Is public art an insult to the public?

Sunday 20 October, 12.15pm until 1.15pm, Garden Room Artistic Battles

From the Fourth Plinth’s ‘blue cock’ to Mark Wallinger’s ‘White Horse at Ebbsfleet’ and Art Everywhere’s plan to turn the UK’s public spaces into ‘the world’s largest art gallery’ there is no shortage of ambitious public art programmes. Yet while such projects seem to generate enthusiasm among local authorities and the arts world, sceptics believe they leave the intended audience – the public – feeling a mixture of bemusement, indifference and outright hostility. Is public art rarely more than a vanity project for those involved, reducing art to the same bracket as other civic amenities? Should genuinely public art be funded by voluntary subscription rather than tax-payers’ money? Or does state-funded public art provide a vital function in engaging those who rarely venture into galleries and enliven otherwise drab public spaces? Do such projects risk insulting the public by assuming that their indifference to art is because they’re too lazy to venture into a gallery or can only enjoy art that is directly aimed at them? Or do they affirm an important commitment to providing art for all?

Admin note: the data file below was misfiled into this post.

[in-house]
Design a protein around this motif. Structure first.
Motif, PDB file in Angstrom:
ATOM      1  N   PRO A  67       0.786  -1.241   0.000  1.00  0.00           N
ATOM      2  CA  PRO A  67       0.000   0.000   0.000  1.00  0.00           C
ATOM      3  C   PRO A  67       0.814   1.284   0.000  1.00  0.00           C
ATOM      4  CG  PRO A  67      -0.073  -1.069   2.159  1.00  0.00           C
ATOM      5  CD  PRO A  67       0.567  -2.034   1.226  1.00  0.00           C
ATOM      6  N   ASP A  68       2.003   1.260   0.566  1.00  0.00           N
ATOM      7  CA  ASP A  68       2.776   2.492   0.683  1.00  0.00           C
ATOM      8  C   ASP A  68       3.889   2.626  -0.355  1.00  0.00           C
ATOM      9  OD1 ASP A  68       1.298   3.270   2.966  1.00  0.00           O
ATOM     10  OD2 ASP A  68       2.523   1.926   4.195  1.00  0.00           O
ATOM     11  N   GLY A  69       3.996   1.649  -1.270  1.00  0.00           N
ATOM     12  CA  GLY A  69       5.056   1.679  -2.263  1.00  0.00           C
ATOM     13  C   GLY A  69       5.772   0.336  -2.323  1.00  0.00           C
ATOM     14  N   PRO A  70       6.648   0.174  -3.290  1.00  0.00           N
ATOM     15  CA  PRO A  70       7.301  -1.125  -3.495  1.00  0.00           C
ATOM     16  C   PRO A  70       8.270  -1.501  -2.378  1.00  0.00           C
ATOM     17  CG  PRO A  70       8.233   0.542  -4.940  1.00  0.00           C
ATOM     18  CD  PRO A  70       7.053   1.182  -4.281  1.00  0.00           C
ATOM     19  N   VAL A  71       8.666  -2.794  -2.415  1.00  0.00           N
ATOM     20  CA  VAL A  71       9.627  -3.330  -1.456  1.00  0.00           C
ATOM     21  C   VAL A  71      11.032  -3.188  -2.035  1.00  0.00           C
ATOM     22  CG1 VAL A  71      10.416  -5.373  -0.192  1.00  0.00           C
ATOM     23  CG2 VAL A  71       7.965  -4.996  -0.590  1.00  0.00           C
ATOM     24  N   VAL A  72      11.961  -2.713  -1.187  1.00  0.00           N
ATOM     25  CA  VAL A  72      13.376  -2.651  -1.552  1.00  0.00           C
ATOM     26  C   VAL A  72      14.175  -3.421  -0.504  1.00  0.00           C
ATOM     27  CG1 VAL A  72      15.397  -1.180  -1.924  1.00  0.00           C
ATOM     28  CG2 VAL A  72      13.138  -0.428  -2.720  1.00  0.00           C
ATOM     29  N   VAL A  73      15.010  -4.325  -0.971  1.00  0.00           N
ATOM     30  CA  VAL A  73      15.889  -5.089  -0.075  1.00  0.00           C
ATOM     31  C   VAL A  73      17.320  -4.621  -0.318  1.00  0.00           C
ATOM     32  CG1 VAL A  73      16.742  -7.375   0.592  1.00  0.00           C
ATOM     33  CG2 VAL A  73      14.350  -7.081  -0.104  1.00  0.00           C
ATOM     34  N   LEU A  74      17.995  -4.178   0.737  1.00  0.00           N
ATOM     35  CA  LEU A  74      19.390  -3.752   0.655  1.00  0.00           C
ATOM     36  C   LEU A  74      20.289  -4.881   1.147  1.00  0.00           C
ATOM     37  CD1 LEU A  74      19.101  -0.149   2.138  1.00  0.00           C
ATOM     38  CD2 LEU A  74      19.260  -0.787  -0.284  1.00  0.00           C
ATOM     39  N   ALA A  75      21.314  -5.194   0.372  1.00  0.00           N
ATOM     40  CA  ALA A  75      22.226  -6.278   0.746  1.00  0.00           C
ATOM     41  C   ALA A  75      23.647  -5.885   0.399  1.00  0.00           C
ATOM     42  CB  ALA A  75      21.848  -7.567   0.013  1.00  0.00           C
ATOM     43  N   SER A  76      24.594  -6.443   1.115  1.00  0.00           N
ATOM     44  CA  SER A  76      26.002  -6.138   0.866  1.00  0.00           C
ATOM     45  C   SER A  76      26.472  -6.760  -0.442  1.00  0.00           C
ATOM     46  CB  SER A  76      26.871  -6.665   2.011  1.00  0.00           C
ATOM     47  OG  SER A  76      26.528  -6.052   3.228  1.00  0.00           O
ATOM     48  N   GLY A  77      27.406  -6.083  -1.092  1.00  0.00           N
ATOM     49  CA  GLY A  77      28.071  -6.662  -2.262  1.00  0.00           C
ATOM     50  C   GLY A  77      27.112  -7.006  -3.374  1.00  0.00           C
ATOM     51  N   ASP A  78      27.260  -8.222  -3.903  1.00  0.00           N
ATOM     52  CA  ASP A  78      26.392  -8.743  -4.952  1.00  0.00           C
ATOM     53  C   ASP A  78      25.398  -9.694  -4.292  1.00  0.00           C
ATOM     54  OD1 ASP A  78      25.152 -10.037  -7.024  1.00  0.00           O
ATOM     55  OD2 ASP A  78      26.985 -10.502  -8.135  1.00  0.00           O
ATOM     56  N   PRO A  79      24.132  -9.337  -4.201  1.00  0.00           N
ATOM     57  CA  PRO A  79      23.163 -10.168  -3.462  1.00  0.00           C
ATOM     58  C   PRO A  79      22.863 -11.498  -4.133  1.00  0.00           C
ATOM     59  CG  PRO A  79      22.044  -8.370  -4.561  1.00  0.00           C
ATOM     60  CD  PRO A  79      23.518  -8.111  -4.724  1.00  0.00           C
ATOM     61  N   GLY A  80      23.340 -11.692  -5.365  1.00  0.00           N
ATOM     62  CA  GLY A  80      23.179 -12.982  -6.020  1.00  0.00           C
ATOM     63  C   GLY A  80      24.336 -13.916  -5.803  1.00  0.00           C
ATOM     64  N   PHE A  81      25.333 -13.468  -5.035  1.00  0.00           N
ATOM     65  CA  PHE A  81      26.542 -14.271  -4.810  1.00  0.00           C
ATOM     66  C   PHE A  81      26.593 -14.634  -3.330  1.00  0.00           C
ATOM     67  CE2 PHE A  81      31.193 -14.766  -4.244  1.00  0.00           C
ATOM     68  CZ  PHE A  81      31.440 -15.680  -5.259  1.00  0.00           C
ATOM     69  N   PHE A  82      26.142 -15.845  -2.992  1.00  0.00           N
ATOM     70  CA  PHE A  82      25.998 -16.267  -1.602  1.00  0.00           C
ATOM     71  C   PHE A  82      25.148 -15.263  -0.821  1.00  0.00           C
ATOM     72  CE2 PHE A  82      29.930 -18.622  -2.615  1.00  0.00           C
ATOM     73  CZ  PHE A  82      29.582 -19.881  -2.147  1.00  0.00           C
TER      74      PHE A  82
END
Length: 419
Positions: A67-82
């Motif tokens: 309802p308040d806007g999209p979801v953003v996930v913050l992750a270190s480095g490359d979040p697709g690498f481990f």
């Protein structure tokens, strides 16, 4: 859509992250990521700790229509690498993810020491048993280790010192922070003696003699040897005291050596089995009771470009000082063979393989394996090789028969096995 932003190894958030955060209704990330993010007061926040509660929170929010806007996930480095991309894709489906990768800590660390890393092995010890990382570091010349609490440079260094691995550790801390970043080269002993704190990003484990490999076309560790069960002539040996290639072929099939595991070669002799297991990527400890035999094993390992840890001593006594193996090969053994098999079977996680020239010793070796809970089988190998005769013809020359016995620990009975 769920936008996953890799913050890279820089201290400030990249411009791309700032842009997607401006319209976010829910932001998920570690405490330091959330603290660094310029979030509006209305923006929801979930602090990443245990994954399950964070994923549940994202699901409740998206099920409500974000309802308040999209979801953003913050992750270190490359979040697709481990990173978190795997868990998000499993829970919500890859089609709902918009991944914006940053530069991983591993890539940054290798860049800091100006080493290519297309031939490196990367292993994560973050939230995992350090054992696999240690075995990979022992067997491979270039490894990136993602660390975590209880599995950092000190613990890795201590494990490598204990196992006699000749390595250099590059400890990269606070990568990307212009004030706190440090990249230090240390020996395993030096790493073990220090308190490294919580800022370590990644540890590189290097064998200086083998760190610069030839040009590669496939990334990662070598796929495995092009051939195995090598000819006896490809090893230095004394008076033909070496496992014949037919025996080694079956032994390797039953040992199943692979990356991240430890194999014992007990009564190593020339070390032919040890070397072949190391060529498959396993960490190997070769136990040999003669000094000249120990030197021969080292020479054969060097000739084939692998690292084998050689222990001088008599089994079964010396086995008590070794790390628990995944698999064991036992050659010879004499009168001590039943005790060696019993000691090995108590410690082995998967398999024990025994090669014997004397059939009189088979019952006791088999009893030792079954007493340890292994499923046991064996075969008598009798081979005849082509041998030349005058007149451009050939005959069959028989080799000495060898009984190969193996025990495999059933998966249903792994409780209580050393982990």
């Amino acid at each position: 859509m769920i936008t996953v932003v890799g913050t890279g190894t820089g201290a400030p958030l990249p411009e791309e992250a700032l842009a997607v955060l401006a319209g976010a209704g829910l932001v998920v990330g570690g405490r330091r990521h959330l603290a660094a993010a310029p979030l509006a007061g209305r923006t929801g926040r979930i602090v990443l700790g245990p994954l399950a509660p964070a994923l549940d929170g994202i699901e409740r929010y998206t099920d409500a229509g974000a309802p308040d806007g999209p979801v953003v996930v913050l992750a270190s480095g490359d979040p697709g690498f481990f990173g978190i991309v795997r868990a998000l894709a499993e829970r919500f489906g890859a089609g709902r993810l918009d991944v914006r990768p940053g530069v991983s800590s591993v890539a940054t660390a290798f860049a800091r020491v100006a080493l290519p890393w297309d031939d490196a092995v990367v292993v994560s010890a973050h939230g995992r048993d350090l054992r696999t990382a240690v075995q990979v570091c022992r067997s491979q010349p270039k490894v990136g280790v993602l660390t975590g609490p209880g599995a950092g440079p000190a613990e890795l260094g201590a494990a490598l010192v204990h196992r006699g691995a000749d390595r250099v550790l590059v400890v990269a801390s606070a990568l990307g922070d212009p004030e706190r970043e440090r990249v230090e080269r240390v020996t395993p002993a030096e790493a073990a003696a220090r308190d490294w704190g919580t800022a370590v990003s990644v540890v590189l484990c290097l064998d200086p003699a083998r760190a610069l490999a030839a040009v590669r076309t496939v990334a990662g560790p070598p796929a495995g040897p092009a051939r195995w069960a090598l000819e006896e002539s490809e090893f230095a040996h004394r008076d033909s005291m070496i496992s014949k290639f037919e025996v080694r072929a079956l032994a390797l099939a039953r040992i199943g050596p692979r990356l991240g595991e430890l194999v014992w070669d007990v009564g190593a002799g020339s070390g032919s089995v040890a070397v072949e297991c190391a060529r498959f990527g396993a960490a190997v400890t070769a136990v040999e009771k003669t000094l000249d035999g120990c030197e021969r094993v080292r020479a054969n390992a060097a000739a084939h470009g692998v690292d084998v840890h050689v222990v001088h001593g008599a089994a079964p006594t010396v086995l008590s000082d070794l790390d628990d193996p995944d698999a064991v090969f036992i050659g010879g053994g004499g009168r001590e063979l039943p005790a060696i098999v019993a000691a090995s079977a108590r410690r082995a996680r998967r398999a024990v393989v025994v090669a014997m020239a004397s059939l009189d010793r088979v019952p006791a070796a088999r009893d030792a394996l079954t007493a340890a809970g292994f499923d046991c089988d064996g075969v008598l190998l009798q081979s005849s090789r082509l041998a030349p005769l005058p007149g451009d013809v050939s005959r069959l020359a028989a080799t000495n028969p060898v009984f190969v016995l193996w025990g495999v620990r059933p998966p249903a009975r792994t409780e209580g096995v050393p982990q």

Josie Appleton
director, civil liberties group, Manifesto Club; author, Officious: Rise of the Busybody State

Fisun Güner
freelance writer; visual arts editor, The Arts Desk

Helen Marriage
director, Artichoke

Dr Wendy Earle
impact development officer, Birkbeck, University of London; convenor, Academy of Ideas Arts and Society Forum

Produced by
Dr Wendy Earle impact development officer, Birkbeck, University of London; convenor, Academy of Ideas Arts and Society Forum
Recommended readings
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